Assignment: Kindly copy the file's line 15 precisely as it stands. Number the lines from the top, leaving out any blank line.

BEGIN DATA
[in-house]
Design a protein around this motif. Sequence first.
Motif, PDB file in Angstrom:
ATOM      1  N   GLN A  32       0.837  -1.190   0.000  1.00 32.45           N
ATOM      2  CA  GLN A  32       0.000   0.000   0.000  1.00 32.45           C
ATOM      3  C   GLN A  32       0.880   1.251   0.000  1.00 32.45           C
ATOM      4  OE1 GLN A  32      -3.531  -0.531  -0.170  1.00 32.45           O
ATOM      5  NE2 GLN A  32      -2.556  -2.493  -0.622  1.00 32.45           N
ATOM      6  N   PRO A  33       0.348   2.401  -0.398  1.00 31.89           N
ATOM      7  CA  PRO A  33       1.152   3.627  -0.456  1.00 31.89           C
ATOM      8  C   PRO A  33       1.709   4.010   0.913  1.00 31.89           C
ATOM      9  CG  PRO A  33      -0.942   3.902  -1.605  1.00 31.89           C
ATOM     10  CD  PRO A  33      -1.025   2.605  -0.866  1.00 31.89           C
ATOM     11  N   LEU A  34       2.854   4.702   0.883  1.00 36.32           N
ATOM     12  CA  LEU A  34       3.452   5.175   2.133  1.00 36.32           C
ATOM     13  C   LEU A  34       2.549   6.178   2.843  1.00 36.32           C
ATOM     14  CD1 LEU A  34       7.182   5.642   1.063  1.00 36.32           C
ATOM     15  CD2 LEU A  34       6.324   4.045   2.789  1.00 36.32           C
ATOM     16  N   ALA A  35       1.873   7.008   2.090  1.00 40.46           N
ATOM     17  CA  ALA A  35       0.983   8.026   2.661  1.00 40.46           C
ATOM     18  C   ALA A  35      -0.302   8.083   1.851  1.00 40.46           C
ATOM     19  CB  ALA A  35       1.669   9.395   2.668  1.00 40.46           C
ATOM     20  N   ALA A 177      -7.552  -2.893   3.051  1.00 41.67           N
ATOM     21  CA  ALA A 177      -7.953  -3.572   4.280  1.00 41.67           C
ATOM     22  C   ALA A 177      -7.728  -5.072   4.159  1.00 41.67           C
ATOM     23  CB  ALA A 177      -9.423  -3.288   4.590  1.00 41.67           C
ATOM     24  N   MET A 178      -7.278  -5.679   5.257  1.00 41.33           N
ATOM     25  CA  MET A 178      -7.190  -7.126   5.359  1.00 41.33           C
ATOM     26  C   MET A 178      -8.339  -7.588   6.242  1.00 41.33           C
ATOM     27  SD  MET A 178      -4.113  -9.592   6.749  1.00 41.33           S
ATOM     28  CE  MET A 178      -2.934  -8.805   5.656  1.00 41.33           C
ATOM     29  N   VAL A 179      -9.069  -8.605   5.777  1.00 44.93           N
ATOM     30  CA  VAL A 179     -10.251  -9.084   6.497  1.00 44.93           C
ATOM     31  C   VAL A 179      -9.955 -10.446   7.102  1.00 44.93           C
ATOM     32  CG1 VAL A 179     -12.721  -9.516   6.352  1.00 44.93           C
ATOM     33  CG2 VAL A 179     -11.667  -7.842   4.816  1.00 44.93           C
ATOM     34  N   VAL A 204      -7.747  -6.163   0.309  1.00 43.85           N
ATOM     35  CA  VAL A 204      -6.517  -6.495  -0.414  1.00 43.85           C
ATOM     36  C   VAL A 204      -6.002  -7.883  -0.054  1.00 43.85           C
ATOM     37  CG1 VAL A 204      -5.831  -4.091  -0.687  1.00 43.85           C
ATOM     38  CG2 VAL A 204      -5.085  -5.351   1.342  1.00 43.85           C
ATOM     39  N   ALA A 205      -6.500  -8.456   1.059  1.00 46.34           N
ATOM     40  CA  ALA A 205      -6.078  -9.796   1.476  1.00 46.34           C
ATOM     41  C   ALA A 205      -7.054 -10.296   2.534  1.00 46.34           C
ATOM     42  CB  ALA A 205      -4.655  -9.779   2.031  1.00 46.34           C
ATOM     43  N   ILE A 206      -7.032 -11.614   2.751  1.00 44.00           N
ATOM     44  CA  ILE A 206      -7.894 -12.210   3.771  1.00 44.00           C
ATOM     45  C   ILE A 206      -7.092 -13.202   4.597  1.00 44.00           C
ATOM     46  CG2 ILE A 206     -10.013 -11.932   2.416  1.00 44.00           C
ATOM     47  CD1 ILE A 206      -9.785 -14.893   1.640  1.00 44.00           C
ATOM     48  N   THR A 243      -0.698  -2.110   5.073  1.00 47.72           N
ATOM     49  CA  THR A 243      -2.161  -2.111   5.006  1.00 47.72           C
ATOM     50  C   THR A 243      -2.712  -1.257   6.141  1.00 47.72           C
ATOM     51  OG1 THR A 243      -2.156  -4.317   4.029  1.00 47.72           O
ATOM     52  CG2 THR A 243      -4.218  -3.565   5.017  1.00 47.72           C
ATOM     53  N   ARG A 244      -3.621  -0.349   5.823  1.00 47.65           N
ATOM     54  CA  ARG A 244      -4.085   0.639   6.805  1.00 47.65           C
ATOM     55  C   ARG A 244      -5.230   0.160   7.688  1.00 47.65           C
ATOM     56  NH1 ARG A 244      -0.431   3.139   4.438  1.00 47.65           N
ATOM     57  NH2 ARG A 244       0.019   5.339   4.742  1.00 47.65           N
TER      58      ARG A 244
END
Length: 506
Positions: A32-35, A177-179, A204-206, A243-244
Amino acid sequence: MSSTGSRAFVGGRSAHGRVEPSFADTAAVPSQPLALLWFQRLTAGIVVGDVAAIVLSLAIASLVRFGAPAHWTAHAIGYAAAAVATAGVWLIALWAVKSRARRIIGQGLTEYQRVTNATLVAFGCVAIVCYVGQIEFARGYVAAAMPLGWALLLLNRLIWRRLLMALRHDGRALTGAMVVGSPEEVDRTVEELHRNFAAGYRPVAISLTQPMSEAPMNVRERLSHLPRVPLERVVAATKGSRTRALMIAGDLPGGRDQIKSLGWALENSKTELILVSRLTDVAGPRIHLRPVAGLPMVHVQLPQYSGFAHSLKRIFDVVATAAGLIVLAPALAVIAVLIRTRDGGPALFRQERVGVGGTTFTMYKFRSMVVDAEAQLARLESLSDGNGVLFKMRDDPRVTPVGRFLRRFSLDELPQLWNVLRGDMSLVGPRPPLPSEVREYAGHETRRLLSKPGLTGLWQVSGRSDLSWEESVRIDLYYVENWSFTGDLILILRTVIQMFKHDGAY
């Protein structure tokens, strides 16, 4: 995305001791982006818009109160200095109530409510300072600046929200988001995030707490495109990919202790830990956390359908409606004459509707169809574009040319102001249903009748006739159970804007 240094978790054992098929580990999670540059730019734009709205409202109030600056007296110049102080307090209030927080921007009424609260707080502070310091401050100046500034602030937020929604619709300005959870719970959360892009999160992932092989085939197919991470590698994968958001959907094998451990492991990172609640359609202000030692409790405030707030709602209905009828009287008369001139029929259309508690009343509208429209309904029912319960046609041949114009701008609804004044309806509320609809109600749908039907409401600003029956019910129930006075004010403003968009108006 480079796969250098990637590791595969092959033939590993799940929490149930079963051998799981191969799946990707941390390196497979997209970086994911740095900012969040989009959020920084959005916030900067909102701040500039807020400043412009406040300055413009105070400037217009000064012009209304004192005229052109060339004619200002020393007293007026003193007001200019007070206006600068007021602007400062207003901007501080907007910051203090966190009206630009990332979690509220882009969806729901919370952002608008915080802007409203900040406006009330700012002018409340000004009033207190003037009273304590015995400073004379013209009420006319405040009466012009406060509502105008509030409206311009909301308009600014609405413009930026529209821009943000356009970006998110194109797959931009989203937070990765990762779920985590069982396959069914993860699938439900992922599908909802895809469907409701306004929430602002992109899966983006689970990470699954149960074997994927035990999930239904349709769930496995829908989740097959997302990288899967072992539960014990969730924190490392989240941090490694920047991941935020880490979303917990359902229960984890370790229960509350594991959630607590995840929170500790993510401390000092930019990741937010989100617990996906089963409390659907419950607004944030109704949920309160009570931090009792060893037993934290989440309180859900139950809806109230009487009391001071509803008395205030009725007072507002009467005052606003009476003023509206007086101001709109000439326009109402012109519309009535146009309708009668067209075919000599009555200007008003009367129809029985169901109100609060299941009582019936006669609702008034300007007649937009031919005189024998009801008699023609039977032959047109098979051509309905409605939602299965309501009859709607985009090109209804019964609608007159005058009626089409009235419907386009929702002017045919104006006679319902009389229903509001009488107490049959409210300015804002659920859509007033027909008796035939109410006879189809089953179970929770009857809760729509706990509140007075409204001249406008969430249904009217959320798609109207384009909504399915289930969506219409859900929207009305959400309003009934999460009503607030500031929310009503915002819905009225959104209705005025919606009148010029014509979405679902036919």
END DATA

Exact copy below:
ATOM     12  CA  LEU A  34       3.452   5.175   2.133  1.00 36.32           C